Since Mizuno irons were number one on Tour back in the 90’s anchored by Nick Faldo Tiger Woods and numerous others who appreciated the buttery forged feel of the MP-14 and MP-29 models purists have held the brand in exceptionally high esteem.
Most players are content to use an off-the-rack putter or rarely consider having it customized for their build or stroke. We get it — putting is a slow-motion task that lacks the dynamics of lashing long-irons and woods.
However I’d say it’s unlikely that a new iteration of the Mini is coming any time soon. Modern fairway wood designs like TaylorMade’s M3 and M4 for example are so good and so long that former Mini players can simply find the right fit and most likely get the same or even better performance.
Matching putter type to stroke shape isn’t a great fitting strategy. In fact research indicates that how you “release” the putter is much more critical. Bottom line: If the putterface is square to the target line at impact it doesn’t matter what it does during the rest of the stroke. Selecting the correct hosel can make all the difference here.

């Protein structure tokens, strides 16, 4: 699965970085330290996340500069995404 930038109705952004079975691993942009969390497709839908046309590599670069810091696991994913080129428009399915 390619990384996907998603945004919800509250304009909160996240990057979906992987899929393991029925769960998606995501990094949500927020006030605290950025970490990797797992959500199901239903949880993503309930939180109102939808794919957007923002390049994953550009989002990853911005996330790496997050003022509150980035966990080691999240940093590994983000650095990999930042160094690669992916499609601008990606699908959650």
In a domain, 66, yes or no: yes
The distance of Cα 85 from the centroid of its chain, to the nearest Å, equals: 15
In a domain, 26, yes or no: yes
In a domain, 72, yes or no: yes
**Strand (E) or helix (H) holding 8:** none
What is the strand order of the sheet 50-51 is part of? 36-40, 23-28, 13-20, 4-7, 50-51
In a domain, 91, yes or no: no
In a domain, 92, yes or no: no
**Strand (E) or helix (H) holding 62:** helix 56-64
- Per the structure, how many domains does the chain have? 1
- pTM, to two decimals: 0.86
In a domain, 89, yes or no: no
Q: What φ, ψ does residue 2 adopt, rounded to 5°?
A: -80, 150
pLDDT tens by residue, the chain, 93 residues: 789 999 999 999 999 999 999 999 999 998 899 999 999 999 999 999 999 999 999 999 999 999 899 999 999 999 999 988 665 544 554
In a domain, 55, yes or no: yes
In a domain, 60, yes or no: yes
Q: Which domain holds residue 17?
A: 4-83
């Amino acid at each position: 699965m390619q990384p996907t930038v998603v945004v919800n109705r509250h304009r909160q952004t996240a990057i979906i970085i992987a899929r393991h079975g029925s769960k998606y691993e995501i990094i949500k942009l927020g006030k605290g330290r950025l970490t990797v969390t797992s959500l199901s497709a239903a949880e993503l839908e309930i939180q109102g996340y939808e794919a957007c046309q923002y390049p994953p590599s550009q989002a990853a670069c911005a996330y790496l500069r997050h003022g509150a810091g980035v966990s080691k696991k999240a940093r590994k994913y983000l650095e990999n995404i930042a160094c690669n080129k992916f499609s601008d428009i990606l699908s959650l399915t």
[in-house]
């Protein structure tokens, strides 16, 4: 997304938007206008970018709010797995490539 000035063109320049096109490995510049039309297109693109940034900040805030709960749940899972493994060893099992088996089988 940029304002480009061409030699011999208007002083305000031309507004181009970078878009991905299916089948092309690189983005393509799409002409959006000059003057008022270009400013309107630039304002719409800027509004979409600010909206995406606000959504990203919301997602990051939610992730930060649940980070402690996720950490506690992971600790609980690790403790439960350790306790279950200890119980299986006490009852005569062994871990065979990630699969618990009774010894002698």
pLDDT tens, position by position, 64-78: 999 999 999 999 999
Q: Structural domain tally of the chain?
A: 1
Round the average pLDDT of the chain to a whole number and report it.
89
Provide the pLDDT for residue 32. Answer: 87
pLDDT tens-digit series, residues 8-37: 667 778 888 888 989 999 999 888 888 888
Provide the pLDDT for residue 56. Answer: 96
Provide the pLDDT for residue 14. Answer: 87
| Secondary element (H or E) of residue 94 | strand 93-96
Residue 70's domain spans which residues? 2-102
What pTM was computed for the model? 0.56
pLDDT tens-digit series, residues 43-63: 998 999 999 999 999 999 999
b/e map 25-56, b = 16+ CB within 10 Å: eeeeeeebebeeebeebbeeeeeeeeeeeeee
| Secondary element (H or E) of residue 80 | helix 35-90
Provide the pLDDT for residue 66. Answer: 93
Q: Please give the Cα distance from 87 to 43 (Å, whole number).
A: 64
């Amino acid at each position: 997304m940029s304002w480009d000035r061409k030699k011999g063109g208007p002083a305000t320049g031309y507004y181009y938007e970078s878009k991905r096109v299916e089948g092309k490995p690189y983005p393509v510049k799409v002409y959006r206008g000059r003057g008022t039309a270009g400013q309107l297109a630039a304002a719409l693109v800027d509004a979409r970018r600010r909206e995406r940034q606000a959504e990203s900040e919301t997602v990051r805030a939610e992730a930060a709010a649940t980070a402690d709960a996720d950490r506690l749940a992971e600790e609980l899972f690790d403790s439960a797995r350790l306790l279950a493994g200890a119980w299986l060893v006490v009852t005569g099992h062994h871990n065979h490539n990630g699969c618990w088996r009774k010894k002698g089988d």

Putters with more forgiveness and stability like larger mallets typically provide superior distance control because they maintain consistent ball speed and roll even on mis-hits. Unless you’re exceptionally accurate with your contact point (repeatable impact in the center of the putterface) don’t fall overly in love with the more traditional head shapes.